Dressing Up for Success
Spokescharacters are like costumes for brands and corporations. Just like trick or treating, the more likeable the costume, the more the candy.
In the ad world, the ability to charm millions and lick your own eye at the same time is a prized super power indeed. This little super spokescharacter fits the bill. And, with the 600 mil. a year GEICO has spent on advertising, he certainly generates a few bills as well. Mesmerizing is the nonchalant charm of his accented banter about this point or that or no point at all. In 2000, get ready, originally the lovable lizard had an American accent, but for marketing reasons it was changed to a Cockney accent. If you were thinking that the concept for a gecko as a spokescharacter had anything to do with the potentially phonetic likeness of the company’s name, well, you’d be right. The company’s name was commonly mispronounced “gecko.” So, no wonder. Plus, the successful use of animal characters in association with a product or company is practically axiomatic.
Introduced in 2004, the cavemen were conceived as the company’s spokescharacters for promoting their website’s ease-of-use: “So easy a caveman could do it.” Originally, the first three spots were all that were planned and those ran for two years. It was Internet buzz about the hairy, slope-browed cro-magnons that brought them back in 2006. An interesting point is that this caveman campaign revolves around a fictitious advertising campaign. The spots feature various scenarios of individual and community caveman backlash to the degrading advertising. The tongue-in-cheek spots are often bizarre, sometimes barely connected with the original campaign message itself, but their humor is what has made the cavemen, small or large, a part of pop culture and pulled off the fancy trick of making socially acceptable what is basically an underlying humorous theme of racism (or “speciesism” as the case may be). Goodness gracious! There was even a short-lived sitcom starring the cavemen in 2007!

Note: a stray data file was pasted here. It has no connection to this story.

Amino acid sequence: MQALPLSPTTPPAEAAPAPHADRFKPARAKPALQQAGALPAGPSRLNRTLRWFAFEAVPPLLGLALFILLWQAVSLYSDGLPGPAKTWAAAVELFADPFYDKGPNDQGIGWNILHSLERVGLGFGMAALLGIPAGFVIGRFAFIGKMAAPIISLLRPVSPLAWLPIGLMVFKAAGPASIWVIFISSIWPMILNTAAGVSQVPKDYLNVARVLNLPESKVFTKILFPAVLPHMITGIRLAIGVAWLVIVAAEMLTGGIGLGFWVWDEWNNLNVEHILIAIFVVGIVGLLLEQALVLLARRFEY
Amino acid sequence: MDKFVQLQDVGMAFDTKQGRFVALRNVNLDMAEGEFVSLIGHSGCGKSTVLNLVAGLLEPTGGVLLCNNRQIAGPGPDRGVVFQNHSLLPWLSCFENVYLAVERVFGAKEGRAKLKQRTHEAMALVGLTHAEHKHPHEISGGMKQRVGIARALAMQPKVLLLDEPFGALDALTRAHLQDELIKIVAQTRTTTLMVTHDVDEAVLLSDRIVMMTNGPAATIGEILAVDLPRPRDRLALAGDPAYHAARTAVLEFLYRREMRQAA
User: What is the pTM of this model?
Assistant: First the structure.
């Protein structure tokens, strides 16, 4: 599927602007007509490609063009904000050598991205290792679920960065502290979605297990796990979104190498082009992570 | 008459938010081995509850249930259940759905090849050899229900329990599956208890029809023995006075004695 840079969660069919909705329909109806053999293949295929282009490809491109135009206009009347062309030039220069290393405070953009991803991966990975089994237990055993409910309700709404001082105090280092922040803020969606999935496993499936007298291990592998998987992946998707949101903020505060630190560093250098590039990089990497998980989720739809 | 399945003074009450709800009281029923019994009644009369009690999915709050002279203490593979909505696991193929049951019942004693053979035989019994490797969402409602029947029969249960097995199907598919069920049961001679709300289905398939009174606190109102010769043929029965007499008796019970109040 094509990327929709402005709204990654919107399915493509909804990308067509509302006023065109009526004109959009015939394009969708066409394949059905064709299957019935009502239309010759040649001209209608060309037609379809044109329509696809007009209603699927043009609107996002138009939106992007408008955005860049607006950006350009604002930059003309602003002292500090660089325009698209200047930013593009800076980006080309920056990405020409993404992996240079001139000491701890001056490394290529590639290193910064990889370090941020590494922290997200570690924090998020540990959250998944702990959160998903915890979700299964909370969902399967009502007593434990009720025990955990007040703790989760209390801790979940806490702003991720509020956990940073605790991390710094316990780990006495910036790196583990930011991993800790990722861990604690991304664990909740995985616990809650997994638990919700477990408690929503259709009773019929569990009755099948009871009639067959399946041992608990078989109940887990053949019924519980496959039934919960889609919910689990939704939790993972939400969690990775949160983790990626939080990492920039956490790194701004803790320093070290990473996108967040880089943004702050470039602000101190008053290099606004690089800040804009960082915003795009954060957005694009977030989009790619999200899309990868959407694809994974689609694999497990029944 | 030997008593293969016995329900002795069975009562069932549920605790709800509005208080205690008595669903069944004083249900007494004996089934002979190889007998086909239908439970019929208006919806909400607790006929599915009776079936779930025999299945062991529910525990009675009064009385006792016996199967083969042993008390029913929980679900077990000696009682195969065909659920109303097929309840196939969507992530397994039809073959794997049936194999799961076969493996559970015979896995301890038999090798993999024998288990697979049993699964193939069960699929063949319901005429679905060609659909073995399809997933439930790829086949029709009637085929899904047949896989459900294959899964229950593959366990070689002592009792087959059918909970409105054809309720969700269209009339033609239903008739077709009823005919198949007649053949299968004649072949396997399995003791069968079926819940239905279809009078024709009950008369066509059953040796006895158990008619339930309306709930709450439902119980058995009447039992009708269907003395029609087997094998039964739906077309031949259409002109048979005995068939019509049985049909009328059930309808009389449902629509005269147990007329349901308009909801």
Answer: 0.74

Why not both? GEICO has also run ads that play on both of these tried and true ad strategies, in a unique fusion though. Real person, paid celebrity. These ads featured not “celebrity testimonials” as is the convention, but positive stories from customers assisted in the telling by such quirky celebs as Charo, James Lipton, Burt Bacharach and Little Richard.
(You Could Be Saving)
Why stop at a tagline? “The money you could be saving at GEICO” didn’t. No surprise in a tough, “save”-driven economic climate, huh? Its official name is Kash. Ads featuring people looking around perplexed, as if back-of-their-neck prickles were alerting them to being watched, and then suddenly encountering a neat little stack of money with a set of plastic wiggly eyes, with accompanying background music of a cover song of the ’80s one-hit-wonder “Somebody’s Watching Me.” C’mon! Catchy tune and no actor or voice-over fees or entanglement, too. Remember the “Ronald McDonald” who sued when Mickey-D’s Corporate decided it was time to freshen things up, at least marketing-wise? The character itself has an economic undertone as well: probably not a safe bet to do a million-dollar special effects campaign with a specific focus on saving money.
Another amazing indication of the impact of Geico’s marketing is the number of Halloween costumes available that bear a striking resemblance to its spokescharacters.
(or “Where are they now?”)
No spokescharacter ever truly dies. Some fall out of use or become so unknown as to seem like they’re pushing up cartoon daisies, but even then they are simply moving on to the trademark afterlife known as public domain and become a part of marketing history.
To all the spokescharacters that have faded away or been replaced, we pay our respects and thank you for putting an interesting face to branding and marketing.